“With the goal of completing the 2016 Mobility Bond Program in the time frame desired by council and to meet voter expectations, city staff is immediately beginning implementation planning for the 2016 Mobility Bond Program as well as performing startup activities in support of accelerated delivery,” Assistant City Manager Robert Goode wrote.
Staffers will come to the council by the end of the year with a midyear budget amendment to hire additional staff and resources as well as to fund the first few projects, such as sidewalks and bikeways, according to the memo.
“Once the city has conducted the necessary implementation planning, staff will return to council in early 2017 for a second midyear budget amendment request to fund additional bond implementation, including work in all categories—regional, corridor and local mobility,” Goode wrote.
The city issued a solicitation for a third-party corridor consultant to assist staff with analysis of the bond program and other activities related to developing the Corridor Construction Program. The council likely will approve the consultant at a meeting in February. Staffers will also update the council in early February with recommendations for council oversight of the bond program and will continue to update council members through briefings and reports.
Most bond funds—$482 million—will go toward implementing parts of the city’s seven completed corridor plans as well as studying a new corridor plan in South Austin. Another $101 million will fund regional mobility projects, and the remaining $137 million will be spent on local road projects and implementing parts of the city’s sidewalk, bicycle, urban trails and fatality-reduction plans.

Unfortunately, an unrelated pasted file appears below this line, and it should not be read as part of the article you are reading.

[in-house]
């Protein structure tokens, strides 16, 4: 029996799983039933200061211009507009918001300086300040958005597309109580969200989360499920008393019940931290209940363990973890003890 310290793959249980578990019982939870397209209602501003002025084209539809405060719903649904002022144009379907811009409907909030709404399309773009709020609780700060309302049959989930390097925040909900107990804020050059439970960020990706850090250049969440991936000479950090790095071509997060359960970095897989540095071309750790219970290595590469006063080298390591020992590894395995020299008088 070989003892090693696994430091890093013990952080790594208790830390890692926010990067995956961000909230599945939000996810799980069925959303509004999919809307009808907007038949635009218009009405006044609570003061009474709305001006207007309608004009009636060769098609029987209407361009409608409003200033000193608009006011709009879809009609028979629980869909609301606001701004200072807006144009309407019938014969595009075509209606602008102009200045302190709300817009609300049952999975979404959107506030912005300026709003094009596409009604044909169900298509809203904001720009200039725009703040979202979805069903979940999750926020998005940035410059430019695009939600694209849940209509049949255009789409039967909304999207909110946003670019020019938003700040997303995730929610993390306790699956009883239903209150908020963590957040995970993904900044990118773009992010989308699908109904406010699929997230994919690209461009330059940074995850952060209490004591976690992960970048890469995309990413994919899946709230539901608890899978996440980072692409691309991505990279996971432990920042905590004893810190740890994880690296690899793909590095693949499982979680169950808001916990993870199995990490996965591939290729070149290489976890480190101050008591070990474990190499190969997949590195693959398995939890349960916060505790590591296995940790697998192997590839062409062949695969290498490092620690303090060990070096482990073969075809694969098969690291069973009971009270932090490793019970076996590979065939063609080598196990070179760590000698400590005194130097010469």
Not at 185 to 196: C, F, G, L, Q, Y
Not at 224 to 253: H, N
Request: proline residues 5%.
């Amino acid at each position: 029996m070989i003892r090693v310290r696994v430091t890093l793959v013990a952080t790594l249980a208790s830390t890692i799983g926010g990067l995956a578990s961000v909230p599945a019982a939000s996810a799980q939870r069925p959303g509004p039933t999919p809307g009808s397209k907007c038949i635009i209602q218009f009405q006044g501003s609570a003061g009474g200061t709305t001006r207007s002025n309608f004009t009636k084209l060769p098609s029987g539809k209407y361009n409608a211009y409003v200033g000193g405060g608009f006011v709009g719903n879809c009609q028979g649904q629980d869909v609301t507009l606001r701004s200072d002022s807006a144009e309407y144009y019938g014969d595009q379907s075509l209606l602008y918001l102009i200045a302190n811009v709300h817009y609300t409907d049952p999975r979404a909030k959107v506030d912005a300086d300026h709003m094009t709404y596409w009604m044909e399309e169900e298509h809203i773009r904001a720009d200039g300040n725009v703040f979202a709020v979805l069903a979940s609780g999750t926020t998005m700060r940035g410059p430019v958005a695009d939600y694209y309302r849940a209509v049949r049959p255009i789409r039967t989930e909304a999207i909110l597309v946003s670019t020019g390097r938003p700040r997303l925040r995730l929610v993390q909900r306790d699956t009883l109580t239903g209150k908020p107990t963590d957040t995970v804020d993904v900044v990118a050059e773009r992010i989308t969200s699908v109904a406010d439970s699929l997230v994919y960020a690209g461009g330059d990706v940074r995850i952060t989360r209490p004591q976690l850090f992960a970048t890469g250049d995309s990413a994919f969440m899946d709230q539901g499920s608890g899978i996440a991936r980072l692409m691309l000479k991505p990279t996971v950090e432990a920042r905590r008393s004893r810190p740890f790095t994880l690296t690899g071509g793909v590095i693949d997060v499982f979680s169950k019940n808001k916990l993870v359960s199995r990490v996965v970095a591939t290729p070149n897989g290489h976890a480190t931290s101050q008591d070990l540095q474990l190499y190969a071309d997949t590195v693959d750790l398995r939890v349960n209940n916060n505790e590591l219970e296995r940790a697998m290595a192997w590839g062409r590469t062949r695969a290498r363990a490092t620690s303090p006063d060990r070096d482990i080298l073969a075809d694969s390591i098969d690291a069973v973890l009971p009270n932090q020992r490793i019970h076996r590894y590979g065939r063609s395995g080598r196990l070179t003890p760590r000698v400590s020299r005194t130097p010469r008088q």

The city of Austin will issue $250 million in bonds without raising the debt service tax rate and issue the remaining $470 million by raising that tax rate by an estimated 2.25 cents per $100 taxable valuation.
Mayor Steve Adler talks to supporters Tuesday night as election results start coming in showing the likely passage of the city's mobility bond.[/caption]
Mayor Steve Adler has previously said he would like to complete the bond program in about eight years. On Election Night, Adler said he would like the first projects implemented to be safe routes to school. Each council district will receive $2.5 million to put toward those projects.
Council Member-elect Jimmy Flannigan, who beat out incumbent Don Zimmerman for the District 6 seat in Northwest Austin, said he wants to start having public meetings as soon as possible—likely in early 2017 after the holidays—to engage residents on these priorities and other mobility projects.
“We know to do everything will be more than the resources we have,” he said. “The actual details [of projects] will be a balance of what we think we can do and the money to actually do it.”
Some opponents are not losing hope that they could still weigh in on its implementation.
“Even though there may be more questions than asphalt in the plan, I think it shows the people want something done,” said Andy Hogue, communications director for the Travis County Republican Party.